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I found this one quite fun to program a solution for, although once I’d worked out the mechanics of the algorithm it was fairly easy to implement.

This Python 3 program works by starting with a maximal colouring of the grid (all 36 squares different colours), and then groups together squares that must be the same colour by applying the given patterns. The patterns for the rows are straightforward as were told directly which rows correspond to which patterns. For the columns I implemented a recursive solver which tries columns that don’t break the patterns of the rows. It runs in 57ms.

Solution:There are 13 green squares in the painting.There are at least 4 colours (as some of the patterns go up to 4), but we can’t determine the exact colouring of the grid. In the diagram above the 13 green squares are shown, along with 11 red squares and 5 blue squares. But the blue squares could be split into up to three different groups of colours, as indicated by the different shades of blue.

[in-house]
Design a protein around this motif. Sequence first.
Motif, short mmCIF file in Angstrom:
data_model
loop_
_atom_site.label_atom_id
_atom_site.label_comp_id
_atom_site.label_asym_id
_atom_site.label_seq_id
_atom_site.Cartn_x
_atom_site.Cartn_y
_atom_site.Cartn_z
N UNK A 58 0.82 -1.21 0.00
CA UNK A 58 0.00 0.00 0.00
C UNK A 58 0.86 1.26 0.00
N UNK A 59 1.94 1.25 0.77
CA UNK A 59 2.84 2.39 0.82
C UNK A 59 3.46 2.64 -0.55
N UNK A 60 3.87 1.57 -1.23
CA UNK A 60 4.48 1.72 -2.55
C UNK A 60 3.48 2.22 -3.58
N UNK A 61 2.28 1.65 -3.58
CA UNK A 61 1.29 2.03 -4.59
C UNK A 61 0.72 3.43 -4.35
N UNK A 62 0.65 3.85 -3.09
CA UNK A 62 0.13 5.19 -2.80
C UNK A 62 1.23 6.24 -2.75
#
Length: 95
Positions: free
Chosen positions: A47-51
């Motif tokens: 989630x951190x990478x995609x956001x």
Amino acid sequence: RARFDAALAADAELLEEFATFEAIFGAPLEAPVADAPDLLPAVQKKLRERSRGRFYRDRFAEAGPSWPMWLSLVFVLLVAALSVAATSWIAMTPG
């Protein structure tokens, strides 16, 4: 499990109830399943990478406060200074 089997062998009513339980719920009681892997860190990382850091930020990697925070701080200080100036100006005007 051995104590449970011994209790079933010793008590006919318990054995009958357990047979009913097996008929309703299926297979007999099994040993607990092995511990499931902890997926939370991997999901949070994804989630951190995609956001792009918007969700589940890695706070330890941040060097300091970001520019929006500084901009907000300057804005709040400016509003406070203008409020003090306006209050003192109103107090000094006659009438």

I found this quite an intricate puzzle to code.

My approach was to permute the patterns of columns, and for each permutation collect the items from each row matching each colour in each column. Then group together collections that overlap, checking that 2 colours from a row do not become grouped together.

Finally count the number of cells in each valid grouping found.

It’s slightly slower than Jim’s version, around 100ms